There were great things waiting to happen, Tomas knew, but he wasn’t at all sure if they were good things, either.
Thunder rumbled low in the distance and the spot where the sky met the hills flashed behind the clouds ominously. Tomas shivered and double checked that his scarf was tucked tidily into the spaces between his body and the back of his cape. He hated rain more than anything. He supposed he ought to hate other things more; the king, perhaps, or the rules of society that made it completely legal for others to heap abuse upon him and the other Changelings within the castle, but those were big worries and carrying that much emotion around was too much strain for someone still as young as he was. It would be two more years before he was officially a man grown, and then he would take on the worries and great emotional burdens that a man bore. Until then, it was the rain that he hated the most.
As he passed through the broken gate posts that signaled the start of the city proper, a lone farmer leading a bony, starved looking cow back home raised his hand up and waved a listless welcome. Tomas raised his hand in return but already the farmer had gone back to leading his cow along the road towards the fields. The cow stumbled and went down to her knees but did not make a sound of protest as she did so. Even from a distance, Tomas could hear the farmer’s grunts as he tried to tug the beast to her feet again, but even he did not say a word. Neither farmer nor cow actually cared about resting or hurrying; it was all rote habit and neither much cared for it.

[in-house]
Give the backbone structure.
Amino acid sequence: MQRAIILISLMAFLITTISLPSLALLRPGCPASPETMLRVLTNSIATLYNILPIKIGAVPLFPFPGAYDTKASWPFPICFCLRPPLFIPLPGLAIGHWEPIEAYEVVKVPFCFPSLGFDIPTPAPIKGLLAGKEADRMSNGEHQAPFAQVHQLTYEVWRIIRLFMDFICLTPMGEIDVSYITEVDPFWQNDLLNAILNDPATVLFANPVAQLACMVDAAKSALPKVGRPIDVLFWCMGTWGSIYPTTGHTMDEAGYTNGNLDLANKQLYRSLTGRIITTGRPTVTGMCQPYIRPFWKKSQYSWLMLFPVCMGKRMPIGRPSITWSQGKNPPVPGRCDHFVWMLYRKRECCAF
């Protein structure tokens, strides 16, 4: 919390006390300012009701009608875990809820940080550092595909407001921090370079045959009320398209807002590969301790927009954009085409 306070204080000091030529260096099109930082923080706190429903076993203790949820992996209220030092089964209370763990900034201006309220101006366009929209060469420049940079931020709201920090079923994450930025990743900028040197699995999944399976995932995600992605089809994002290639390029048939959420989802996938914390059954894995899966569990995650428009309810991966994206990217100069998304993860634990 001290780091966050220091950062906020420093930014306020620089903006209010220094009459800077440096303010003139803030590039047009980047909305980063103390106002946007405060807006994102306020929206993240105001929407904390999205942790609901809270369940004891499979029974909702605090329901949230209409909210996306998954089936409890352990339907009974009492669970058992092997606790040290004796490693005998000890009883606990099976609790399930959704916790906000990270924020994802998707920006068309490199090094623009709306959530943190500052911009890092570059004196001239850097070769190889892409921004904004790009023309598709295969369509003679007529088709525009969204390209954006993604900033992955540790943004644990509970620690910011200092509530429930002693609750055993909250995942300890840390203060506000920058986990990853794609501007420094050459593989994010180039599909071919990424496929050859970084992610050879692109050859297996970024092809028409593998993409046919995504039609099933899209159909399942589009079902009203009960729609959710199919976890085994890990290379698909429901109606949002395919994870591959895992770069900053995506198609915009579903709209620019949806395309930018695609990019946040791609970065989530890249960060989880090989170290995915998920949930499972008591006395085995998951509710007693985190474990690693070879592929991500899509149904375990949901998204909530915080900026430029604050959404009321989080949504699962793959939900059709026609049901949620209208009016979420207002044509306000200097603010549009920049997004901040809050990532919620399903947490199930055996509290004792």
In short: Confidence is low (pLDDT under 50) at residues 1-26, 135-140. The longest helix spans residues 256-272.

Tomas looked away and hurried on to the market.
The city market had been a bustling, busy place in times long past, or so Tomas had heard. Now it was small, with more of the stalls standing empty with every year, leaving only a few sharp, hawkish vendors plying their wares to the few customers who barely even bothered to make eye contact as they went about their business. As he grew older, Tomas found it all incredibly sad. As a child he had looked around the market with wonder and even the most cynical of sales people would offer up a short smile at his excitement at being allowed to pick out a vegetable for the palace stew or a skein of silk for the maids to use for the king’s bed curtains that month. Now, though, he was old enough to realize that everyone and everything else in the city was colorless and completely devoid of wonder, and one person’s wonder did not make the rest of the place wonderful.